Selenium is possibly the most popular open-source test automation framework for Web applications. Being originated in the 2000s and evolved over a decade, Selenium has been an automation framework of choice for Web automation testers, especially for those who possess advanced programming and scripting skills. Selenium has become a core framework for other open-source test automation tools such as Katalon Studio, Watir, Protractor, and Robot Framework.


Robot is a keyword-driven framework available for use with Python, Java, or .NET. It is not just for web-based applications; it can also test products ranging from Android to MongoDB. With numerous APIs available, the Robot Framework can easily be extended and customized depending on your development environment. A keyword-based approach makes the Robot framework more tester-focused than developer-focused, as compared to some of the other products on this list. Robot Framework relies heavily upon the Selenium WebDriver library, but has some significant functionality in addition to this.

“While using and teaching Agile practices like test-driven development (TDD) on projects in different environments, I kept coming across the same confusion and misunderstandings. Programmers wanted to know where to start, what to test and what not to test, how much to test in one go, what to call their tests, and how to understand why a test fails. [….] My response is BDD.”

Sikuli is based on image recognition and has the capability of automating anything that we see on the screen. Currently, it supports desktop apps only which run on Windows, Mac or Unix/Linux. This tool is good at reproducing bugs quickly and its users have reported it to be very useful as compared other tools when you are going to automate an application which is not web-based.
“Another common mistake is trying to get testers to do both jobs, so when management gives the go ahead for automation testing, any QA related job these days requires some level of automation and testers might get excited about the potential for test automation. But these are both full-time jobs, so often times [these] teams struggle with deciding what to spend limited time on.”

The use of GUI applications introduced the first generation of automated test tools capable of performing record and playback functions. Testers continued to write down scenarios and test scripts, but the widespread use of GUI meant that users of an application now had multiple ways to interact with the software. Testers had to overcome this scenario, and the evolution of test automation tools gained momentum.
At present things may look simple and clean as both side setups are being done and all is fine. We have seen on numerous occasions that when a project enters the maintenance phase the project is moved to another team, and they end up debugging such scripts where the actual test is very simple but the script fails due to a 3rd party software problem.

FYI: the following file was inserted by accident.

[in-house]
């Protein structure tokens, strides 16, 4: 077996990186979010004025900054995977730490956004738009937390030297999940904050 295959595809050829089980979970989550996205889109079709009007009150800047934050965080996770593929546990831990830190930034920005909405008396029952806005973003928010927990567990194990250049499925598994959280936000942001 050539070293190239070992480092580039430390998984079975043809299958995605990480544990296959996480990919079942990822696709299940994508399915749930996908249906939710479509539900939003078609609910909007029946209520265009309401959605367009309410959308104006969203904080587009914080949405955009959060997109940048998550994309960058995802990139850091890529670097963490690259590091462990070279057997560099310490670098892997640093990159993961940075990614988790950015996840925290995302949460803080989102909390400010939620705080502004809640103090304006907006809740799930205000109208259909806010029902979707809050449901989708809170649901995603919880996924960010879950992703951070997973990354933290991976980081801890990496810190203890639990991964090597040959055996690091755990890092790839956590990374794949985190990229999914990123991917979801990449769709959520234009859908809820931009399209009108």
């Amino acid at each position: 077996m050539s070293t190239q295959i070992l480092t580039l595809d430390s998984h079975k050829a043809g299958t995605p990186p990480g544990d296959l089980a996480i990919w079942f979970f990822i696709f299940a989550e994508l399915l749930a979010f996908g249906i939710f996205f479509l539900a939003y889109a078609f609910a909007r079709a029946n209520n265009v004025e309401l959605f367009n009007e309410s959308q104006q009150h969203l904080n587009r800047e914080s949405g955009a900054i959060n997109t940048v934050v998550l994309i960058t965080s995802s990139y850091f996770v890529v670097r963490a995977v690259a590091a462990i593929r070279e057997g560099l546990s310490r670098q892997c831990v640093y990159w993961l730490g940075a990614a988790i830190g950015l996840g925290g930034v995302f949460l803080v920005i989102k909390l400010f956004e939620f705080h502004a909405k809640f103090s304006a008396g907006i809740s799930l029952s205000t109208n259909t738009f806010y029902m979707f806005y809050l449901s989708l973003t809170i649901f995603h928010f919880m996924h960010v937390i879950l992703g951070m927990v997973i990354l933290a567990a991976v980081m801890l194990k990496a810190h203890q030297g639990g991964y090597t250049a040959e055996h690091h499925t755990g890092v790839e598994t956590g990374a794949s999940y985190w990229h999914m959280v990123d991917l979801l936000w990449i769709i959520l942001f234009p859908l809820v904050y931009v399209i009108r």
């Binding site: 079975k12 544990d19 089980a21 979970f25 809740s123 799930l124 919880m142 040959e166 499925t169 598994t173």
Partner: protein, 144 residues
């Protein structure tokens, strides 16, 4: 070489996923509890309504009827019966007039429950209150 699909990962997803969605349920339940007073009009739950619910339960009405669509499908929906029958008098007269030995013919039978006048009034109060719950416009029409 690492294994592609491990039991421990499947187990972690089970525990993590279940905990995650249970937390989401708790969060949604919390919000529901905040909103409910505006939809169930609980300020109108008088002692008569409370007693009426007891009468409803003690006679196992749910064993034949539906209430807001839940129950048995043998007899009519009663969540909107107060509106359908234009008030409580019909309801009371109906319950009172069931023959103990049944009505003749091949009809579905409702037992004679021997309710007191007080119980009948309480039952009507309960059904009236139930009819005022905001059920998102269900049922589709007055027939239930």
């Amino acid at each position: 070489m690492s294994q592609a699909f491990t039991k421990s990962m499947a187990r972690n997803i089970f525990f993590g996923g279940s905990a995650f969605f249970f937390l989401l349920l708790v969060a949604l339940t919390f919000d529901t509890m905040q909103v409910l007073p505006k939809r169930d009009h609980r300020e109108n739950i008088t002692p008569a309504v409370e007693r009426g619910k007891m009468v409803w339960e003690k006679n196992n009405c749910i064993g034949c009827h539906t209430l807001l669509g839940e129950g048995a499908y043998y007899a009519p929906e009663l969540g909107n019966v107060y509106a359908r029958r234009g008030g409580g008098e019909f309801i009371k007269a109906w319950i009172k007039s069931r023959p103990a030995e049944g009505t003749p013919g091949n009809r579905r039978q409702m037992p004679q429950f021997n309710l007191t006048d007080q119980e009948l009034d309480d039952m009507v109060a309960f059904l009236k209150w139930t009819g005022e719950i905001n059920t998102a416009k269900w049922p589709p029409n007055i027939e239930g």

Building a successful automated testing strategy is tough and the approach will vary on a team-by-team basis. No team is completely identical to another. Some may consist of more manual testers than automation engineers, while some may have shifted left and depend on developers to do the heavy lifting. Budget, deadlines, application type, and development model are all factors that impact how an automated testing strategy should outlined be implemented.

The reality is, there is no “better” or “worse” in the automated vs. manual debate, there’s just “different.” Each approach has its own advantages and disadvantages. Manual testing is performed by a human sitting in front of a computer carefully going through application via SQL and log analysis, trying various usage and input combinations, comparing the results to the expected behavior and recording the results. Automated testing is often used after the initial software has been developed. Lengthy tests that are often avoided during manual testing can be run unattended. They can even be run on multiple computers with different configurations.
As mentioned previously, automated testing frees you up to focus on larger issues such as customer needs, functionality and improvements. Automated testing also reduces the cost and need for multiple code revisions, so over the course of time, the investment pays out. In addition, each time the source code is modified, the software tests can be repeated. Manually repeating these tests is costly and time-consuming, but automated tests can be run over and over again at no additional cost.
Aside from those mentioned, the software can automate any business’ payment operations around the world, which could range from tasks like onboarding to tax compliance. It is capable of streamlining payment processing in around 190 countries. Using the product, businesses can rest assured that they are compliant with all existing tax and regulatory requirements minus too much human intervention. Customer and vendor payment experiences are likewise improved, along with service quality. 
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